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` SE REVIEW / SYNTHE

mTOR function in skeletal muscle: a focal point for overnutrition and exercise
Donato A. Rivas, Sarah J. Lessard, and Vernon G. Coffey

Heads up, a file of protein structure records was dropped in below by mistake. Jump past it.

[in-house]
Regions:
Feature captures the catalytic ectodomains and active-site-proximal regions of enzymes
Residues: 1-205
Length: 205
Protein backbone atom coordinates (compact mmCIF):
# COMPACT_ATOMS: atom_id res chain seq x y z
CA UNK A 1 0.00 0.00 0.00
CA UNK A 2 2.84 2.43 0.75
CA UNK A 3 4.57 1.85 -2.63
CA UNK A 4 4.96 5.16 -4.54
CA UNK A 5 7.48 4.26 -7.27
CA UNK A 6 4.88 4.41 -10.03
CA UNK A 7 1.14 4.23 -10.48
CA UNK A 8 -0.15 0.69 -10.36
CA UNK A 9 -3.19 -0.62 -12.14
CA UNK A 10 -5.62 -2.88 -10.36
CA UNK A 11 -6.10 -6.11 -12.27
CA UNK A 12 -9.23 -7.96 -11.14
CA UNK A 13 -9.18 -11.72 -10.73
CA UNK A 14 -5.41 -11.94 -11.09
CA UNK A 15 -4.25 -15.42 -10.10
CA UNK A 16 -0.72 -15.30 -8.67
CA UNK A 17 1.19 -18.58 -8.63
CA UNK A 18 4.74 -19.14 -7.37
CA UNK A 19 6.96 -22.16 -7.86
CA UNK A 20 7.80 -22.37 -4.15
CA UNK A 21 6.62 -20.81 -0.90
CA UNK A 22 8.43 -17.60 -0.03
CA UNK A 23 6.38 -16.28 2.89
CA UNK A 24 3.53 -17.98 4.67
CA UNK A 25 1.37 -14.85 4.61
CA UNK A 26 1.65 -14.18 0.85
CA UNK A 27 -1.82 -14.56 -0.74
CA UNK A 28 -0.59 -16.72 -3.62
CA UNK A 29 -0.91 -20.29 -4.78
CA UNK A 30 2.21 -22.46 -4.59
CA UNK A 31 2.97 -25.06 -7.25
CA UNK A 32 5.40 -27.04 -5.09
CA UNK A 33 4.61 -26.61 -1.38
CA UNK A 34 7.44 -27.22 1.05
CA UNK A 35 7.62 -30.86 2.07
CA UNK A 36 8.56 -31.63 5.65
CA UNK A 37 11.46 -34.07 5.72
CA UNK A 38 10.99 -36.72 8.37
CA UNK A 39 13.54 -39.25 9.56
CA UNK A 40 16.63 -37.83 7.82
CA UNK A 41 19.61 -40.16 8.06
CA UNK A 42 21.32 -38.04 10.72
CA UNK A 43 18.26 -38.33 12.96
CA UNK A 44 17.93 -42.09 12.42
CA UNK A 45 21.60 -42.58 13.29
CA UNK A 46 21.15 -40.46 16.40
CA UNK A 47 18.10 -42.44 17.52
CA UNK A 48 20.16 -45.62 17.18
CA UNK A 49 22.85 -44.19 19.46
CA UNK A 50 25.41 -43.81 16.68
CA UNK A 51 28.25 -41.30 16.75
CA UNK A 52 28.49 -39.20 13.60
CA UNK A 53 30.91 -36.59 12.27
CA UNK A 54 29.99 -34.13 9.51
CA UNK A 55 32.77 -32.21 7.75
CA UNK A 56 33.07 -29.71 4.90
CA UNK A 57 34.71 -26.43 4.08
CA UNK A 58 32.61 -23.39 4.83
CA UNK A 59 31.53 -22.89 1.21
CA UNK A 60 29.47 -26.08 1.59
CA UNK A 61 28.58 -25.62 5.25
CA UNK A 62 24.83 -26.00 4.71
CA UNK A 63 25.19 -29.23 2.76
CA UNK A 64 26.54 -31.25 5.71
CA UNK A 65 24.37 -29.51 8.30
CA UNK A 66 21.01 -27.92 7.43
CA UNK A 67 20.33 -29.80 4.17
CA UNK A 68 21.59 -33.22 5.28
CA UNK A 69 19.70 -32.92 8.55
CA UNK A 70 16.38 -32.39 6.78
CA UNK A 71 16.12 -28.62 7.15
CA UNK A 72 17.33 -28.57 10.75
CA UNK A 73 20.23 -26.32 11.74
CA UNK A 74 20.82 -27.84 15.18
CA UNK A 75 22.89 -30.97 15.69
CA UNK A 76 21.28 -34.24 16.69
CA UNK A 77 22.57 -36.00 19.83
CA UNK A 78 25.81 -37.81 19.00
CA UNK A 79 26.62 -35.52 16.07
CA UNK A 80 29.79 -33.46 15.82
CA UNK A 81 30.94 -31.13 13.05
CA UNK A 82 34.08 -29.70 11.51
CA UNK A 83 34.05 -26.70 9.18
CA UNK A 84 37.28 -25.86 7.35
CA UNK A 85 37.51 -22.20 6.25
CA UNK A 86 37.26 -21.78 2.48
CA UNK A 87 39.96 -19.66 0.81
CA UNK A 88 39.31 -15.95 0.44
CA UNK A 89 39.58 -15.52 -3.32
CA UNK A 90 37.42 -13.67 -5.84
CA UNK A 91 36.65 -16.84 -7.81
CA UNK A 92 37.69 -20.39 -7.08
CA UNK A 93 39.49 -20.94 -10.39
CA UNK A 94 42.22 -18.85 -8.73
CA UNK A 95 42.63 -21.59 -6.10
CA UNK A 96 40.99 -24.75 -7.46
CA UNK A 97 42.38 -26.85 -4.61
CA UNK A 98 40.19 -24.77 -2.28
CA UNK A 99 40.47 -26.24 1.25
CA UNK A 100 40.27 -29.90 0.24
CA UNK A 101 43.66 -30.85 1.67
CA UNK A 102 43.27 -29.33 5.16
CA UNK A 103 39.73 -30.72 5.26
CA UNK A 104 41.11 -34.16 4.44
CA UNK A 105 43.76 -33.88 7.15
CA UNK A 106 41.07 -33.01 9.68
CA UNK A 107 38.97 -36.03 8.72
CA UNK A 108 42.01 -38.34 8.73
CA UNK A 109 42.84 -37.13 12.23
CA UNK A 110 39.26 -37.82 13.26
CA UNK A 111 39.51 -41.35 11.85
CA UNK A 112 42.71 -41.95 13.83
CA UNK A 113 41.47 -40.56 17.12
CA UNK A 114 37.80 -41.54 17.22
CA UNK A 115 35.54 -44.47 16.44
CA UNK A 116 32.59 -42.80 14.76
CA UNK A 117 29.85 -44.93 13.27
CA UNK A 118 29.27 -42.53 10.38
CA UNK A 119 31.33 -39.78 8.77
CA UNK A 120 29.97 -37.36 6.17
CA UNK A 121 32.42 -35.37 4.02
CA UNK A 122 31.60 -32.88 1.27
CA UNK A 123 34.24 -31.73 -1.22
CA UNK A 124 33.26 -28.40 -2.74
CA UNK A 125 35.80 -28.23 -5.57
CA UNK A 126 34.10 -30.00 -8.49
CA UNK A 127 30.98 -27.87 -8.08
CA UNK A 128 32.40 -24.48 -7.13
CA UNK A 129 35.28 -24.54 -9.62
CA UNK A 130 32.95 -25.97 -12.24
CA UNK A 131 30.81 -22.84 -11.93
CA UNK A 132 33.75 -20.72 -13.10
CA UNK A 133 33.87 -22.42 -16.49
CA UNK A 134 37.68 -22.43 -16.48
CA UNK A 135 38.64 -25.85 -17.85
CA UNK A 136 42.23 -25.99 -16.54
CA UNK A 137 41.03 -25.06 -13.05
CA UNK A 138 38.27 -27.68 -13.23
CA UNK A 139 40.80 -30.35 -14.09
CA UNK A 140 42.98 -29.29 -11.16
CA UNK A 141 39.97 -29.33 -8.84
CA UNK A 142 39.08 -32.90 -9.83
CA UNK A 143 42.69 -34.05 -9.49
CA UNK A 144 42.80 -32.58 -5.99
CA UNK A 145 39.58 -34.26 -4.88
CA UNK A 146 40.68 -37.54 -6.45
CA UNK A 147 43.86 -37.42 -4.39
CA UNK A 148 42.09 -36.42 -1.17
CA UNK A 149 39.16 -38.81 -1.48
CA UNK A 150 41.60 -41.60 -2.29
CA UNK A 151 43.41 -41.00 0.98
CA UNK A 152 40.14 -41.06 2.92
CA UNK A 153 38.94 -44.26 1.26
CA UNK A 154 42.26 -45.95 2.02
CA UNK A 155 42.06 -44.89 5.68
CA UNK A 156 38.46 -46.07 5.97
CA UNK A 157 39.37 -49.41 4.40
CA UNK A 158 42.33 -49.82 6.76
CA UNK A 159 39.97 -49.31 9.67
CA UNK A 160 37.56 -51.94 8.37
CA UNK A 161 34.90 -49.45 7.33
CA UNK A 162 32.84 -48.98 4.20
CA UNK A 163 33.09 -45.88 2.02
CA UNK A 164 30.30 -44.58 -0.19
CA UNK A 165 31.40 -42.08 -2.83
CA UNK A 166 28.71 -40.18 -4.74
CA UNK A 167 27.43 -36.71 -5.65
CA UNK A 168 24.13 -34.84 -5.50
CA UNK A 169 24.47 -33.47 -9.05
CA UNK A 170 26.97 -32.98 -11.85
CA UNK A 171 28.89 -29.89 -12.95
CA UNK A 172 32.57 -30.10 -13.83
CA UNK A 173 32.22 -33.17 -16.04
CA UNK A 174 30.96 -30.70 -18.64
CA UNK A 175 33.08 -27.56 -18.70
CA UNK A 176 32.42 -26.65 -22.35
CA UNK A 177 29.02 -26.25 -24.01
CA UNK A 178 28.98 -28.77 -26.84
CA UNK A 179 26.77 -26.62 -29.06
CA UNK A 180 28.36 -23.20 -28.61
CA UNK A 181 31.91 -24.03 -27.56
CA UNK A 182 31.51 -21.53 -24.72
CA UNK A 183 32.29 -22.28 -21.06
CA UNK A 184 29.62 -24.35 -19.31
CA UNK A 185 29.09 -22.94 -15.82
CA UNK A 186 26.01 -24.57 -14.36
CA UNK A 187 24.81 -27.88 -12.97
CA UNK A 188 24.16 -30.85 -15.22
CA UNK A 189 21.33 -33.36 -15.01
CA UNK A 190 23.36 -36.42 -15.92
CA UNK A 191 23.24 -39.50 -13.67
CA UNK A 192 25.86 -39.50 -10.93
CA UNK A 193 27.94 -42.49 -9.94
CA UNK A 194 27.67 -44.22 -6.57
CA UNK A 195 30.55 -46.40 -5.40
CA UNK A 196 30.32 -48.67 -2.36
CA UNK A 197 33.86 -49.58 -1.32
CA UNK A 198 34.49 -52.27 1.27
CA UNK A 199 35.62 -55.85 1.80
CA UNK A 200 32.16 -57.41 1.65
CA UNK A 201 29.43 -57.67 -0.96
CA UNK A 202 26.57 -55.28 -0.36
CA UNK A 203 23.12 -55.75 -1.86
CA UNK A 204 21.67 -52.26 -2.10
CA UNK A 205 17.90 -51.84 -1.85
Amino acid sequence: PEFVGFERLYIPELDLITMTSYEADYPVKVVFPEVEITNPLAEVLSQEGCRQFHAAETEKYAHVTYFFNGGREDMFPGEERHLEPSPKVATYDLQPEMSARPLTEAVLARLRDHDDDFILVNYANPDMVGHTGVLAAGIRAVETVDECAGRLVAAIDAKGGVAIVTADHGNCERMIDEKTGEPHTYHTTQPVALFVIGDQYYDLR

Abstract: The mammalian target of rapamycin (mTOR) is a highly conserved atypical serine–threonine kinase that controls numerous functions essential for cell homeostasis and adaptation in mammalian cells via 2 distinct protein complex formations. Moreover, mTOR is a key regulatory protein in the insulin signalling cascade and has also been characterized as an insulin-independent nutrient sensor that may represent a critical mediator in obesity-related impairments of insulin action in skeletal muscle. Exercise characterizes a remedial modality that enhances mTOR activity and subsequently promotes beneficial metabolic adaptation in skeletal muscle. Thus, the metabolic effects of nutrients and exercise have the capacity to converge at the mTOR protein complexes and subsequently modify mTOR function. Accordingly, the aim of the present review is to highlight the role of mTOR in the regulation of insulin action in response to overnutrition and the capacity for exercise to enhance mTOR activity in skeletal muscle. Key words: nutrients, insulin action, metabolism, training. ` res (mTOR) est une se ´ rine–thre ´ onine kinase atypique ultra bien ´ sume ´ : La cible de la rapamycine chez les mammife Re ´ e qui exerce de nombreuses fonctions essentielles a ` l’home ´ ostasie cellulaire et a ` l’adaptation des cellules des conserve ` res par la formation de 2 complexes prote ´ iques distincts. De plus, la mTOR est une prote ´ ine re ´ gulatrice essenmammife ´ ristiques, elle est un capteur d’e ´ le ´ ments nutritifs insutielle dans la voie de signalisation de l’insuline; entre autres caracte ´ pendant qui semble jouer le ro ˆ le de me ´ diateur critique dans le de ´ re ` glement de l’action de l’insuline dans le lino-inde ` se. L’exercice physique constitue une modalite ´ the ´ rapeutique, car il ame ´ liore l’activite ´ de la muscle squelettique de l’obe ´ quemment des adaptations me ´ taboliques be ´ ne ´ fiques au muscle squelettique. Ainsi, les nutriments mTOR et favorise subse ´ tabolisme et agissent sur les complexes prote ´ iques de la mTOR pour en modifier la et l’exercice physique modifient le me ` se est de pre ´ ciser le ro ˆ le de la mTOR dans la re ´ gulation de l’action de l’insuline en fonction. L’objet de cet article-synthe ´ action a ` la suralimentation et d’indiquer comment l’exercice physique ame ´ liore l’activite ´ de la mTOR dans le muscle re squelettique. ´ tabolisme, entraı ˆnement. ´ s : nutriments, action de l’insuline, me Mots-cle ´ daction] [Traduit par la Re